On July 14, 1789, disgruntled citizens of Paris stormed the Bastille, a fortress to the east of the city that was, at the time, the seat of the city’s hated police, a whimsically old stockade prison by generations of kings of France and a deposit of gunpowder much sought after by these same citizens.
From there, this date marks French July 4, the country’s independence day and the launch of the French Revolution.
It was also a bread riot.
In 1789 (and most of the years leading up to it), over 95 percent of a peasant’s or urban poor’s calorie intake consisted of cereals, mostly in the form of bread or porridge. The average lower-class Parisian of 1789 ate about 3 pounds of bread a day.
Because those who controlled cereals – certainly not the lower classes – played quickly and freely with the price of cereals, especially wheat (and in addition would hoard it, often in the Bastille itself), not only bread but all commodities. food was scarce or out of shopping. power of the less powerful. The central trope of Victor Hugo’s “Miserables” is the arrest and incarceration of Jean Valjean for having stolen a loaf of bread.
Most significantly, when the French today line up to buy their daily baguette, their purchase is a persistent and recurring vote for the freedom that was purchased from them in 1789.
And far beyond the quintessential bread in the world, what wonders the French have offered the world of food and wine since then. It’s a story as thick and delicious as a homemade mayonnaise (which of course they also taught us how to make).
Just look at all the French cooking or culinary terms that we and others around the world use in the discourse of eating and drinking: aperitif, bisque, pâté, roux, flute, au jus, hors d’oeuvres. , blanch, julienne, flambé, nouvelle cuisine, gratin, crouton, terrine, restaurant, starter, pancake, bouquet garni, you get the idea.
In the world of wine, perhaps more than any other country, France counts both for the historical development of great wine and winemaking as well as for the central idea which places things in the culture of the vine. Other countries, including ours, have contributed a lot to the same spheres of wine, but once again the simple soldiers of the words on the march make the meaning of France vibrate here: cru, cuvée, sommelier, rosé, terroir, tasting, gross, cellar, dosage, appellation, sorting and so on.
The first restaurants, as we know them, were born in Paris at the time of the Revolution and such public tables were decidedly symbols of tripartite “liberty, fraternity, equality” where citizens ate with other citizens like (roughly) equal, an activity was completely new for the time. Basically, history inherited from France this normative way of eating away from home.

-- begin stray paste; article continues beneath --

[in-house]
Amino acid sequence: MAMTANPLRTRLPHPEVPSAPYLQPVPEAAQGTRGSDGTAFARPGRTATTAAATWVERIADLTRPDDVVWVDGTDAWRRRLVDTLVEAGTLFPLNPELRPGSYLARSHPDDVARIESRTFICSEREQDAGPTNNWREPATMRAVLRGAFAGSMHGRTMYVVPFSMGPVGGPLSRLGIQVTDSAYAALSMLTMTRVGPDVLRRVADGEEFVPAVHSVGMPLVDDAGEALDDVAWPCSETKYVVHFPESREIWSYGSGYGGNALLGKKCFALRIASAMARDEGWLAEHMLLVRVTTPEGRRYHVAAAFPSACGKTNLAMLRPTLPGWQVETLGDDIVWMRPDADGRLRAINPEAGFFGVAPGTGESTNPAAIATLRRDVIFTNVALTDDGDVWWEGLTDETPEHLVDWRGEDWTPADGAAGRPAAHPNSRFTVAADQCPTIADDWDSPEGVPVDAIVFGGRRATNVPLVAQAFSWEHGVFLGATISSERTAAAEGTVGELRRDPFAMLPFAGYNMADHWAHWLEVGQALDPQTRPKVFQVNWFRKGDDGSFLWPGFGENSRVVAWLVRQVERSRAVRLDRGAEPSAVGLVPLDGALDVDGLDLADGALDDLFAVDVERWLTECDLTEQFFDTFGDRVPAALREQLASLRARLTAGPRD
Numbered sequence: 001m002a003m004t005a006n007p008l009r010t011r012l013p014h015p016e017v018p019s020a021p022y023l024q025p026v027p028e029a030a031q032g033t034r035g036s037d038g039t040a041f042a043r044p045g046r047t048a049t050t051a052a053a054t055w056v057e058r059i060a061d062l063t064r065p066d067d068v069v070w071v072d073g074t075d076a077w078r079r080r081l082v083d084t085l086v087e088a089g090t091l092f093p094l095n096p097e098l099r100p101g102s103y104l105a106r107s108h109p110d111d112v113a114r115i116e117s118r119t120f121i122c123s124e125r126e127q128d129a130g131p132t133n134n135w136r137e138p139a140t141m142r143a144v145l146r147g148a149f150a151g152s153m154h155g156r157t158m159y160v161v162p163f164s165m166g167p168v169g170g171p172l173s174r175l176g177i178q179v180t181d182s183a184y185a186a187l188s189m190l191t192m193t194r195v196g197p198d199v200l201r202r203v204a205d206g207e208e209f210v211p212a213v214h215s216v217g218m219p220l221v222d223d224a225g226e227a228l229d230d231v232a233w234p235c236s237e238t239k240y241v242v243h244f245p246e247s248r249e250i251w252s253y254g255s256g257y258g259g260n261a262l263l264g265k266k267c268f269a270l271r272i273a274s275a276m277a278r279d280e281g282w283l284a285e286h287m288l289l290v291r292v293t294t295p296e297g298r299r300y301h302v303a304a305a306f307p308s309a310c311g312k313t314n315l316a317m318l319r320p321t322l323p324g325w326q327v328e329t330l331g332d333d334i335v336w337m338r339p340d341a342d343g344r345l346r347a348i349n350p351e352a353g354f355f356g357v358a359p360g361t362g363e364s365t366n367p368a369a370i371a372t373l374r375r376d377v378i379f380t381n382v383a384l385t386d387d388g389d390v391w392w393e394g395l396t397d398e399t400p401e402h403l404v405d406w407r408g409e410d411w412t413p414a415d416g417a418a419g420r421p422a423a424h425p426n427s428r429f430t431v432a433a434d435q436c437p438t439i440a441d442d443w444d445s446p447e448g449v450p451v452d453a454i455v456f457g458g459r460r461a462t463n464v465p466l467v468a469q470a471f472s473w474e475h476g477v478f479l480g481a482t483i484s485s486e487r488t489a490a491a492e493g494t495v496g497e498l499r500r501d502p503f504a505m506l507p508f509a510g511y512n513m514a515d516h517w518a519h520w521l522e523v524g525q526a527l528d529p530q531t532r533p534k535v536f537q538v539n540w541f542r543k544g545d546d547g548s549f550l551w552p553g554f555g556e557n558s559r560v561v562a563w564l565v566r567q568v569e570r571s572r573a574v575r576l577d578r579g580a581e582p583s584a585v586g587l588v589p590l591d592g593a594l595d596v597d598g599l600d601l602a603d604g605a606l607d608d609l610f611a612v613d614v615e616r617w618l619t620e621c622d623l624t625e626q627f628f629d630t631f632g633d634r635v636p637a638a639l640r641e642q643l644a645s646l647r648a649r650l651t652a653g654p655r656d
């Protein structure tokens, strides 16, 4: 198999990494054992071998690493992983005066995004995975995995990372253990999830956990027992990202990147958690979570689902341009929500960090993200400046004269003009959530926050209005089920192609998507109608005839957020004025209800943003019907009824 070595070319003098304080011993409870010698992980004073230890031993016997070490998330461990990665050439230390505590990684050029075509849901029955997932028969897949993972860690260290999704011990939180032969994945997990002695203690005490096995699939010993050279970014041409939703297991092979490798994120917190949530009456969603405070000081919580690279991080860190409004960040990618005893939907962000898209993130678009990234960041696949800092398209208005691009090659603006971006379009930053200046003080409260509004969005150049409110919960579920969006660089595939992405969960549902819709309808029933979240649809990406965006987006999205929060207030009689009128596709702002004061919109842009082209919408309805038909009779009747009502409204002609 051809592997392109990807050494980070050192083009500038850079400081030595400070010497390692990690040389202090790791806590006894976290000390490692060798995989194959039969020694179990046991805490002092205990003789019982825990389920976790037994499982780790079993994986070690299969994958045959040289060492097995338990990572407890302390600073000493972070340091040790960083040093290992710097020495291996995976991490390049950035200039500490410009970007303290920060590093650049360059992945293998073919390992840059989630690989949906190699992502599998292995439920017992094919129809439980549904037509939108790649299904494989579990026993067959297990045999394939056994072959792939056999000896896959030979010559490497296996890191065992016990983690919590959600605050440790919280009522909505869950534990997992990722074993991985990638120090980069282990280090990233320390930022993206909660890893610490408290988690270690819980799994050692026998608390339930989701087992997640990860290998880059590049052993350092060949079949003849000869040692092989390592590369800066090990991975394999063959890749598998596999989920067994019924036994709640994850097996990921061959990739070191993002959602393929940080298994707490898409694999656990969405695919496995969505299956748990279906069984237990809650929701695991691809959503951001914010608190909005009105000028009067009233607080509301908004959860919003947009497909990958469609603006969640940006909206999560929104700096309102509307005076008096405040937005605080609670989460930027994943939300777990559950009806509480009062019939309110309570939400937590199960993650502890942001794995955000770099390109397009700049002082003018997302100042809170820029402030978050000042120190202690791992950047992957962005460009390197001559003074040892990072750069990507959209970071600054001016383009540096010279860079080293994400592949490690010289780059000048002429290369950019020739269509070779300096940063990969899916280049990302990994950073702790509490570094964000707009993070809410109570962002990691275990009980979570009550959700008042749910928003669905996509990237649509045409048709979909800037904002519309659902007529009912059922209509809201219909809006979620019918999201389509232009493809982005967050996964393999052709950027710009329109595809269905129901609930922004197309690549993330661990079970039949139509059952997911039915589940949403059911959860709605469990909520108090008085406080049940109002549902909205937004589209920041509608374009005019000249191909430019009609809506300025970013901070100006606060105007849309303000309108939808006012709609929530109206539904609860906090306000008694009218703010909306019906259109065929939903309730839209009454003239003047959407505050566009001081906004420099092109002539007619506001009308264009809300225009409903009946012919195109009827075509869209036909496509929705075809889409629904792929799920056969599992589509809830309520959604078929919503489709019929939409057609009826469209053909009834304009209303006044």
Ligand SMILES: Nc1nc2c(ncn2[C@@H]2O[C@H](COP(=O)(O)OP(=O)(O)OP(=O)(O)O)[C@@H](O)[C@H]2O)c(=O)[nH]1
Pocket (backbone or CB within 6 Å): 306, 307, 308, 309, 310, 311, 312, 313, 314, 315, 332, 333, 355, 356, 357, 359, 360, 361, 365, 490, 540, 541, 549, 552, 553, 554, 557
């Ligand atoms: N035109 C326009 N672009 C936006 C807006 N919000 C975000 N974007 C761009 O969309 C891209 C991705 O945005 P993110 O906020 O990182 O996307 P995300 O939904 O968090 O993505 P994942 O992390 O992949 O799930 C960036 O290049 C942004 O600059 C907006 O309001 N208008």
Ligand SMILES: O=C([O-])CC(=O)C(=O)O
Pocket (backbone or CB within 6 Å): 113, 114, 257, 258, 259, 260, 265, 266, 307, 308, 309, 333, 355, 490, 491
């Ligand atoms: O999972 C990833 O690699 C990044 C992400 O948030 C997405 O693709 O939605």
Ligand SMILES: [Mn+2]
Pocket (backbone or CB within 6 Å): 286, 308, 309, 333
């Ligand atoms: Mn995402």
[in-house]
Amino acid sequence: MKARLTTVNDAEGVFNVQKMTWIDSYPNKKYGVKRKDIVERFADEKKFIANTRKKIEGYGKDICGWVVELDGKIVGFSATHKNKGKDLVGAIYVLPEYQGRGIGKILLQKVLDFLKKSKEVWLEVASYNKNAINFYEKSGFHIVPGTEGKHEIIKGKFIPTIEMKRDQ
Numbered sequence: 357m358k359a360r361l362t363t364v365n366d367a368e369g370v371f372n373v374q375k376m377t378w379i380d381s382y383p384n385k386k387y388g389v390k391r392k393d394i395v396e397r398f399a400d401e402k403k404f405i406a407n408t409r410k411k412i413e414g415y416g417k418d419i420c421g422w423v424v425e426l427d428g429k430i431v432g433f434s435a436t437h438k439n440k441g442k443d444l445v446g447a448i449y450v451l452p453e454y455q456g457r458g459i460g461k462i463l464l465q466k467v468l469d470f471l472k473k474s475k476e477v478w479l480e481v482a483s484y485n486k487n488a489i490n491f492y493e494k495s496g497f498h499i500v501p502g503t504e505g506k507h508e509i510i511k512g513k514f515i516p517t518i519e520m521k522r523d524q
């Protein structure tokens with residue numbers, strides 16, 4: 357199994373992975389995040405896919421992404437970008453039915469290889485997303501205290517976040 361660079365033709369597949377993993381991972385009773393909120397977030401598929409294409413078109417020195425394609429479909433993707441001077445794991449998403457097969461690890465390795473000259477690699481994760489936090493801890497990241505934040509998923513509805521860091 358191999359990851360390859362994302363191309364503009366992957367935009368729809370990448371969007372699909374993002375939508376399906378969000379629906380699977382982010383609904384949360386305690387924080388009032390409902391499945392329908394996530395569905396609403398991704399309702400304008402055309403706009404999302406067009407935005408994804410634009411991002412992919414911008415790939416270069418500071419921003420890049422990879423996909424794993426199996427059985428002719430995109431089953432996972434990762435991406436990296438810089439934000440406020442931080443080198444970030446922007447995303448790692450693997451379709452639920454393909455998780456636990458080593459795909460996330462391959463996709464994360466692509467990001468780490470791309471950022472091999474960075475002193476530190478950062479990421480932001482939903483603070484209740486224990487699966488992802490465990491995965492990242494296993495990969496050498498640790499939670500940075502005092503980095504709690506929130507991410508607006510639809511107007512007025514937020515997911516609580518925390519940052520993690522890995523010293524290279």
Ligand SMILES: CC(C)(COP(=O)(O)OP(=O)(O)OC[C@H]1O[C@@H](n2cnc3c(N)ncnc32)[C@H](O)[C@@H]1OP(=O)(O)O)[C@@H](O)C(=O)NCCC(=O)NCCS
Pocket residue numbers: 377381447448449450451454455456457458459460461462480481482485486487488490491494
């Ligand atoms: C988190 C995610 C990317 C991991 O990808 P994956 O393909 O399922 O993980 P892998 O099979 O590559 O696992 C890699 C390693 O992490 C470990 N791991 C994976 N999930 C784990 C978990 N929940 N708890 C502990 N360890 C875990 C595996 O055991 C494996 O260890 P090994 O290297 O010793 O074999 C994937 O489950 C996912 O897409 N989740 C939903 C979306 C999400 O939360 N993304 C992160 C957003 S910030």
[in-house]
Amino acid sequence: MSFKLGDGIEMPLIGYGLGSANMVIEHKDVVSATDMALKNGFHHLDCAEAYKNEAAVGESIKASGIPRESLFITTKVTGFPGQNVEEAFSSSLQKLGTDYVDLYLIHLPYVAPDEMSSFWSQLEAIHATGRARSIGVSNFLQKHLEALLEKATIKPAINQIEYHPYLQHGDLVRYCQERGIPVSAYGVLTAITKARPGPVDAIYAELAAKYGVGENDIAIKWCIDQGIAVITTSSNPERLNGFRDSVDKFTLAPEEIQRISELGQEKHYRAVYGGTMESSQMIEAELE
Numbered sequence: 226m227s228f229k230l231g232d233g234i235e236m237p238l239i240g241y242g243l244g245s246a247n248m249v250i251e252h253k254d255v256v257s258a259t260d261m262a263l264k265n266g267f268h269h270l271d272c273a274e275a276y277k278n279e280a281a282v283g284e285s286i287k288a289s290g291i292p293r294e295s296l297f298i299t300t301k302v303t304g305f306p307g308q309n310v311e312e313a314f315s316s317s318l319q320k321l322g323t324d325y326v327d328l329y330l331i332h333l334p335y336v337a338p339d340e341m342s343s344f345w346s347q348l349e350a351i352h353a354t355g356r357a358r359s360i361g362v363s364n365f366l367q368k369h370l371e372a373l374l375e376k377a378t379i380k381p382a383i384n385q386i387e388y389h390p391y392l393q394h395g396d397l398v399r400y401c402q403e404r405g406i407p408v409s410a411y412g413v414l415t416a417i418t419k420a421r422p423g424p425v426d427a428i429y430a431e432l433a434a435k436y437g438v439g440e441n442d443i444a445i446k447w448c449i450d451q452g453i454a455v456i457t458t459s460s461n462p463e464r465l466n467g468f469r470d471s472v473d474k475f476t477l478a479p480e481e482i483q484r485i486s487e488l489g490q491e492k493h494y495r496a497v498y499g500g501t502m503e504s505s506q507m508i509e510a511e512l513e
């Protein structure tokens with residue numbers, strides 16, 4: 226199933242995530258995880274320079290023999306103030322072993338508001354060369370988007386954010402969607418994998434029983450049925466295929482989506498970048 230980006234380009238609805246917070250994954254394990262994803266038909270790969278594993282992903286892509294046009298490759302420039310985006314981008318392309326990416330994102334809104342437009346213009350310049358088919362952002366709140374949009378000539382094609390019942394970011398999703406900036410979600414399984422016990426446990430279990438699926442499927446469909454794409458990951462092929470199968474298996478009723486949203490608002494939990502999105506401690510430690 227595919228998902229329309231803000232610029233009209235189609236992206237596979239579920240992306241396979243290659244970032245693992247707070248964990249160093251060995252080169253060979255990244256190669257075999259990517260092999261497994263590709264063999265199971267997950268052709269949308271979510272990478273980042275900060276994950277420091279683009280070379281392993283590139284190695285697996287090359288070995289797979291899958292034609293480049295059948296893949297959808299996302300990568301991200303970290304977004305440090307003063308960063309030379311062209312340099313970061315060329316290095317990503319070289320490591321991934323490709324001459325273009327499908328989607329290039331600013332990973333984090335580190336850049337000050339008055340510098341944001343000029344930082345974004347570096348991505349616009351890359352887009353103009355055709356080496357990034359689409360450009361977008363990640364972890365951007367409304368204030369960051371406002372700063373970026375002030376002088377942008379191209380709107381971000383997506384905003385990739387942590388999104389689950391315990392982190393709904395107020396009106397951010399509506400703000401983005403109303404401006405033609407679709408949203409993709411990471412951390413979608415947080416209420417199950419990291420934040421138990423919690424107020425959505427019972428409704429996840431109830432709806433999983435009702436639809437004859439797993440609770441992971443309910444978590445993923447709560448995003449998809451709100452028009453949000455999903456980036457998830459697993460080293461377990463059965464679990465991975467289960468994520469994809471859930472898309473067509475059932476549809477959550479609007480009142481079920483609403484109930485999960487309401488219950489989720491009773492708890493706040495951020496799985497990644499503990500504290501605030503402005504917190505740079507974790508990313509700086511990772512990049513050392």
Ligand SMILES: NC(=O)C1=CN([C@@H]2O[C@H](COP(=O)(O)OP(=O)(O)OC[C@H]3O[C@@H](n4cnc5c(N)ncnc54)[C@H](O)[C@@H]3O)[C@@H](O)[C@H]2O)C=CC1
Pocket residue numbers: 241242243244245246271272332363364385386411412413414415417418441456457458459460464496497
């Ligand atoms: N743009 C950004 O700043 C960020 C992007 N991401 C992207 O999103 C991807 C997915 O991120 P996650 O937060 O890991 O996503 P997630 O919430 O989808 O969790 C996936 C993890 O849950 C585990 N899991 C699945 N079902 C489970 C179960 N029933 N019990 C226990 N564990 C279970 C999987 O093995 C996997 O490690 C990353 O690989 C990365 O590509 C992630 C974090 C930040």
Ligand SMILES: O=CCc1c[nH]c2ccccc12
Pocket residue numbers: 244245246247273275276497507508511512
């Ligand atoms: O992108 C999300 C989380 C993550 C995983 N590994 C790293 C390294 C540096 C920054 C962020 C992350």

These tables and their restaurants, in the same egalitarian spirit, even prohibited tips, another heritage that continues today. Restaurants ruled after the Revolution. The French penal code of 1791 punished theft in a restaurant as in a house (but not in a market or other business, ha).
It was not a simple freedom that was unleashed on France on July 14, 1789. When the highly layered ways of cooking and eating became less elitist, less courteous, or regal, a multitude of well-trained and skilled chefs also came along. been released (a euphemism for the “unemployed”). They have dramatically improved the quality of emerging restaurants and cuisines. Massialot, Menon, Carême, Escoffier – again, the pulse of words.
And over the decades since. If we have traveled to France, we have all eaten well, or we have just gone there just for that purpose. We honor French cuisine and the history of French cuisine in a way that we honor all ancestors: for the gifts they gave us, the lessons they taught us, the trainings of ourselves that ‘they realized. And we don’t just “let” it all happen; we choose to make it happen and we want it to happen.
The recipe here is one that my own family has passed on for years. It is particularly delicious on or around July 14, to protect yourself from the summer heat. It’s a spin on a classic French cold soup called vichyssoise and contains many of a French cook’s must-have dishes – leeks, garlic, fresh vegetables, cream and broth – and butter. Always butter.
Chilled fennel and leek soup
Makes 8 small bowls or 4 large.
- 4 tbsp unsalted butter
- 4 cups of celery, chopped
- 4 cups fennel bulb, trimmed from the fronds and stems, seeded, chopped
- 2 medium leeks, white and light green parts only, rinsed, chopped
- 1 garlic clove, peeled, chopped
- 1/2 pound waxy potatoes (like Yukon Gold), peeled and chopped
- 1 liter of chicken broth
- 3/4 cup half and half
- 1 teaspoon of freshly squeezed lemon juice
- 1/2 teaspoon of sea or kosher salt
- 1/4 teaspoon freshly ground white pepper
- Melt the butter in a large heavy-bottomed saucepan or Dutch oven. Add celery, fennel, leek and garlic and stir over medium heat until softened, about 15 minutes. Add the potato and broth and simmer until the vegetables are cooked through, another 30 to 40 minutes. Remove from the heat and let cool a bit to avoid splashing the mixture in the next step.
- In a blender, in batches of 2 cups, puree the soup until very smooth. (You can also use an immersion blender on the entire batch.) Return the soup to the pot and add half and half, lemon juice, salt and pepper.
- Let cool overnight in the refrigerator before serving. To serve, stir one last time and serve in pre-chilled bowls with a swirl of lightly fruity extra virgin olive oil, or a splash of fried sherry or light Madeira.